Like any other blockchain, Ethereum needs several thousand people running a software on their computers to power the network. At its core, Ethereum is a programmable blockchain. Users can create any sort of applications they want, only one of which is a currency (such as the Bitcoin.)
Every node (computer) in the network runs something called the Ethereum Virtual Machine (EVM). Think of EVM as a operating system that understands and executes the software written in the Ethereum specific programming language. The software/apps executed by the EVM are called ‘smart contracts.’ We’ll cover Smart Contracts in the next article in this guide.
The EVM protects the main blockchain by allowing programmers to carry out test phases of their programs in a real use-case environment without affecting the main blockchain. Each EVM on every node is a completely segregated network on its own, so as not to affect the main blockchain. It is also Turing-complete, meaning that it can execute any arbitrary code that the developers can come up with.
Ether is the token that fuels the Ethereum blockchain. It serves two key purposes:
- It is used to pay transaction fees. To get anything done on this world computer, you need to pay a price. However, you don’t pay it in regular currency like dollars or pounds. Instead, everything has to be paid with a cryptocurrency native to the network, aka ether. Ether is exactly like bitcoin except that it can also be used to pay for executing smart contracts on Ethereum.
- Reward those who keep the network running. Those who contribute their resources to the network and keep it running are rewarded in ether.
We told you that the user using a smart contract must pay a certain price to execute it. This price is paid to the node that actually spends memory, storage, computation and electricity to execute the smart contract.
To calculate the prices of smart contracts, every statement has an assigned cost to it. For example, if you execute a statement that uses the node’s memory, those type of statements have a specific cost. If you execute a statement that uses the node’s disk storage, those kind of statements have a specific cost attached to them. The unit in which the cost is defined is called Gas. Eventually, Gas is converted to ether using an exchange rate.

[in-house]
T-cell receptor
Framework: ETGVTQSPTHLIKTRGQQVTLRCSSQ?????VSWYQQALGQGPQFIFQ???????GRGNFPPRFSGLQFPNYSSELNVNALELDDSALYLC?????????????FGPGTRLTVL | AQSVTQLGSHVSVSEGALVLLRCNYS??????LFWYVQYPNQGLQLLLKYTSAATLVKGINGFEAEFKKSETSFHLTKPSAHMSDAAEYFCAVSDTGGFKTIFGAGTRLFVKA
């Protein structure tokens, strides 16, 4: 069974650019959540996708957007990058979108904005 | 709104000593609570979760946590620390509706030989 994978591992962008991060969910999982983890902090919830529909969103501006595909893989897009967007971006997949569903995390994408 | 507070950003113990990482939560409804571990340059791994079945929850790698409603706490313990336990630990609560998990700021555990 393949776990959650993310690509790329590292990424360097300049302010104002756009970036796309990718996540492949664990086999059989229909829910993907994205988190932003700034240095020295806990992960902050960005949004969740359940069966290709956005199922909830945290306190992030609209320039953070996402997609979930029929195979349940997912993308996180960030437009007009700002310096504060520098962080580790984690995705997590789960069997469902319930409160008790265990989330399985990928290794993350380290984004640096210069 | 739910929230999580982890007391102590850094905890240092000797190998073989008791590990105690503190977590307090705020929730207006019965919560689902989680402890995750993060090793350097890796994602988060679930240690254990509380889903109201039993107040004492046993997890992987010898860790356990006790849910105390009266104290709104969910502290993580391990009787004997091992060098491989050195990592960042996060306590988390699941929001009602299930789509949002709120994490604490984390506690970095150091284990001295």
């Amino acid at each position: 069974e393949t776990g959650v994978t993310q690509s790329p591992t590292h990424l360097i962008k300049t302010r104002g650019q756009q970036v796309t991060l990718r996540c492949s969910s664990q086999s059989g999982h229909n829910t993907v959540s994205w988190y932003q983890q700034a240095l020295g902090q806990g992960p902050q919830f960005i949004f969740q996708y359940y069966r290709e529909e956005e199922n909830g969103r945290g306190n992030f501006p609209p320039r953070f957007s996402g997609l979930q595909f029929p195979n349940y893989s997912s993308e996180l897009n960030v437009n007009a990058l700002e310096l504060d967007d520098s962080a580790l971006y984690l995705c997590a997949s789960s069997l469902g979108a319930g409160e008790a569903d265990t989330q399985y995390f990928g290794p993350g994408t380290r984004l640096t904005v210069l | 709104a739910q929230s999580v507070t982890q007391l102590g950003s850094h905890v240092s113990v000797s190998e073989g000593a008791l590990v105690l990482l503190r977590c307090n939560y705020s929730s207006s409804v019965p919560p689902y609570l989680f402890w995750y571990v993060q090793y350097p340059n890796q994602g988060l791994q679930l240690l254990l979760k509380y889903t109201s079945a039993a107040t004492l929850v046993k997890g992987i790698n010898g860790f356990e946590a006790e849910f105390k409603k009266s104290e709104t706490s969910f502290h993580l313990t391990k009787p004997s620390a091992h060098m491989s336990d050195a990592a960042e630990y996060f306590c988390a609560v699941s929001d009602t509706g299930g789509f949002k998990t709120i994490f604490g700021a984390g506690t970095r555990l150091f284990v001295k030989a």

Whenever you execute a smart contract, you have to define the maximum Gas to be consumed. The execution will stop either when the execution is completed or when the Gas Limit is reached. This is done to avoid infinite loops in smart contracts, preventing the program getting stuck executing a set of statements repeatedly without proceeding further.
Such situations occur because of programmer’s carelessness. With every repetition, some of the assigned Gas will be used, thus making any infinite loop a finite one. It doesn’t make any sense for a node to be stuck in execution because of a programmer’s mistake. The concept of Gas solves this problem.
This protocol also mitigates Distributed Denial of Service (DDoS) attacks against Ethereum, since every operation would require the malicious actor to pay up some ether. At some point they’re gonna run out of ether, thereby ending the attack.
Primarily, you can get Ether from mining, or buying it an an exchange. There are many online exchanges around the world now where you can buy Ether. See the guide here if you’d like to learn how to trade Ether on exchanges.